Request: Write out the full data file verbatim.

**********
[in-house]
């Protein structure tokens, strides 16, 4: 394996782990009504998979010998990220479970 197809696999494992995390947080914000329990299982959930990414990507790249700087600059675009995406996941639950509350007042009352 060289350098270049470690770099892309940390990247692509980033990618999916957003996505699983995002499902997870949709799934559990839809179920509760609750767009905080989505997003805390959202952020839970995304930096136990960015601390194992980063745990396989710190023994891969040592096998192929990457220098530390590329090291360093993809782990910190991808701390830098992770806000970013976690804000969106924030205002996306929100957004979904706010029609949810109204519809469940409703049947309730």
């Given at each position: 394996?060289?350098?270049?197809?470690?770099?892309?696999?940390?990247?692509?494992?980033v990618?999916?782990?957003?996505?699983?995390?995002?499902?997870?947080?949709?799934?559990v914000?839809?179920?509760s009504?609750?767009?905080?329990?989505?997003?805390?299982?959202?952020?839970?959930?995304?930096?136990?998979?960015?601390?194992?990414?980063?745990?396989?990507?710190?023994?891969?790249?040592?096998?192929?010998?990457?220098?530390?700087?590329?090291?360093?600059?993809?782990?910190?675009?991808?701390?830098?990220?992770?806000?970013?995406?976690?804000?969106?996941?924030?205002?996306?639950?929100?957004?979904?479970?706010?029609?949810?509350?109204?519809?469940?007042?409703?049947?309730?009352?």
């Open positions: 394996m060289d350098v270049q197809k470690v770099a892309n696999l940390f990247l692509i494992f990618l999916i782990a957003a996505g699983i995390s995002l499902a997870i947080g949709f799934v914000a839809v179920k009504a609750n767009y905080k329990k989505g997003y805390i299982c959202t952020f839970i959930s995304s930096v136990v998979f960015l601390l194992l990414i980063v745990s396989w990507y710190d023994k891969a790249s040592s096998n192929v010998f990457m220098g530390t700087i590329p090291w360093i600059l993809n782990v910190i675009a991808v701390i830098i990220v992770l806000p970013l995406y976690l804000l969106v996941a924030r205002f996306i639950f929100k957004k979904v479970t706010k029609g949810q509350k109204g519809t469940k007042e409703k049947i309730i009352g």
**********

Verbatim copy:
[in-house]
């Protein structure tokens, strides 16, 4: 394996782990009504998979010998990220479970 197809696999494992995390947080914000329990299982959930990414990507790249700087600059675009995406996941639950509350007042009352 060289350098270049470690770099892309940390990247692509980033990618999916957003996505699983995002499902997870949709799934559990839809179920509760609750767009905080989505997003805390959202952020839970995304930096136990960015601390194992980063745990396989710190023994891969040592096998192929990457220098530390590329090291360093993809782990910190991808701390830098992770806000970013976690804000969106924030205002996306929100957004979904706010029609949810109204519809469940409703049947309730």
């Given at each position: 394996?060289?350098?270049?197809?470690?770099?892309?696999?940390?990247?692509?494992?980033v990618?999916?782990?957003?996505?699983?995390?995002?499902?997870?947080?949709?799934?559990v914000?839809?179920?509760s009504?609750?767009?905080?329990?989505?997003?805390?299982?959202?952020?839970?959930?995304?930096?136990?998979?960015?601390?194992?990414?980063?745990?396989?990507?710190?023994?891969?790249?040592?096998?192929?010998?990457?220098?530390?700087?590329?090291?360093?600059?993809?782990?910190?675009?991808?701390?830098?990220?992770?806000?970013?995406?976690?804000?969106?996941?924030?205002?996306?639950?929100?957004?979904?479970?706010?029609?949810?509350?109204?519809?469940?007042?409703?049947?309730?009352?």
């Open positions: 394996m060289d350098v270049q197809k470690v770099a892309n696999l940390f990247l692509i494992f990618l999916i782990a957003a996505g699983i995390s995002l499902a997870i947080g949709f799934v914000a839809v179920k009504a609750n767009y905080k329990k989505g997003y805390i299982c959202t952020f839970i959930s995304s930096v136990v998979f960015l601390l194992l990414i980063v745990s396989w990507y710190d023994k891969a790249s040592s096998n192929v010998f990457m220098g530390t700087i590329p090291w360093i600059l993809n782990v910190i675009a991808v701390i830098i990220v992770l806000p970013l995406y976690l804000l969106v996941a924030r205002f996306i639950f929100k957004k979904v479970t706010k029609g949810q509350k109204g519809t469940k007042e409703k049947i309730i009352g």